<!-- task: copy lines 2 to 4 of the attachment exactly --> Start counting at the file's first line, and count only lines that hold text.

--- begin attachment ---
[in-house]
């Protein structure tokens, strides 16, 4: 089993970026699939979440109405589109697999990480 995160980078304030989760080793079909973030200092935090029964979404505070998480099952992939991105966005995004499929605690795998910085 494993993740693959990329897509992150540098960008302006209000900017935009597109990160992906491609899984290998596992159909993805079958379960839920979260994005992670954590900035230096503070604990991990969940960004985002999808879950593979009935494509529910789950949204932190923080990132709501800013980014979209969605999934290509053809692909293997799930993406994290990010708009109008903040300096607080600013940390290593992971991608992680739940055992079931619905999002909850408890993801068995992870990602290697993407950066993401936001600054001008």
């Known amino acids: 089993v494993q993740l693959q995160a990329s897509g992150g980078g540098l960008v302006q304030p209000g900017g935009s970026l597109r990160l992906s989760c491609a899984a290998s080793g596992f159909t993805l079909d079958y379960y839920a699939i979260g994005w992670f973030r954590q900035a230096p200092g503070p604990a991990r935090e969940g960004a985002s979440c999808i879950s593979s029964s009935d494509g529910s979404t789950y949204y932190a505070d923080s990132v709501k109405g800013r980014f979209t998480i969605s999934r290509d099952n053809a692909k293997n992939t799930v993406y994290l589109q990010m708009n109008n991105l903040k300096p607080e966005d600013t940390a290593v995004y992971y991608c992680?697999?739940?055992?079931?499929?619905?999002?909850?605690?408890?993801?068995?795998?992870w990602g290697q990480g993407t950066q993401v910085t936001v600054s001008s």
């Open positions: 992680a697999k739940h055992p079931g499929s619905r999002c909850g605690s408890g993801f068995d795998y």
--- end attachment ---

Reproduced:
């Protein structure tokens, strides 16, 4: 089993970026699939979440109405589109697999990480 995160980078304030989760080793079909973030200092935090029964979404505070998480099952992939991105966005995004499929605690795998910085 494993993740693959990329897509992150540098960008302006209000900017935009597109990160992906491609899984290998596992159909993805079958379960839920979260994005992670954590900035230096503070604990991990969940960004985002999808879950593979009935494509529910789950949204932190923080990132709501800013980014979209969605999934290509053809692909293997799930993406994290990010708009109008903040300096607080600013940390290593992971991608992680739940055992079931619905999002909850408890993801068995992870990602290697993407950066993401936001600054001008």
């Known amino acids: 089993v494993q993740l693959q995160a990329s897509g992150g980078g540098l960008v302006q304030p209000g900017g935009s970026l597109r990160l992906s989760c491609a899984a290998s080793g596992f159909t993805l079909d079958y379960y839920a699939i979260g994005w992670f973030r954590q900035a230096p200092g503070p604990a991990r935090e969940g960004a985002s979440c999808i879950s593979s029964s009935d494509g529910s979404t789950y949204y932190a505070d923080s990132v709501k109405g800013r980014f979209t998480i969605s999934r290509d099952n053809a692909k293997n992939t799930v993406y994290l589109q990010m708009n109008n991105l903040k300096p607080e966005d600013t940390a290593v995004y992971y991608c992680?697999?739940?055992?079931?499929?619905?999002?909850?605690?408890?993801?068995?795998?992870w990602g290697q990480g993407t950066q993401v910085t936001v600054s001008s």
């Open positions: 992680a697999k739940h055992p079931g499929s619905r999002c909850g605690s408890g993801f068995d795998y």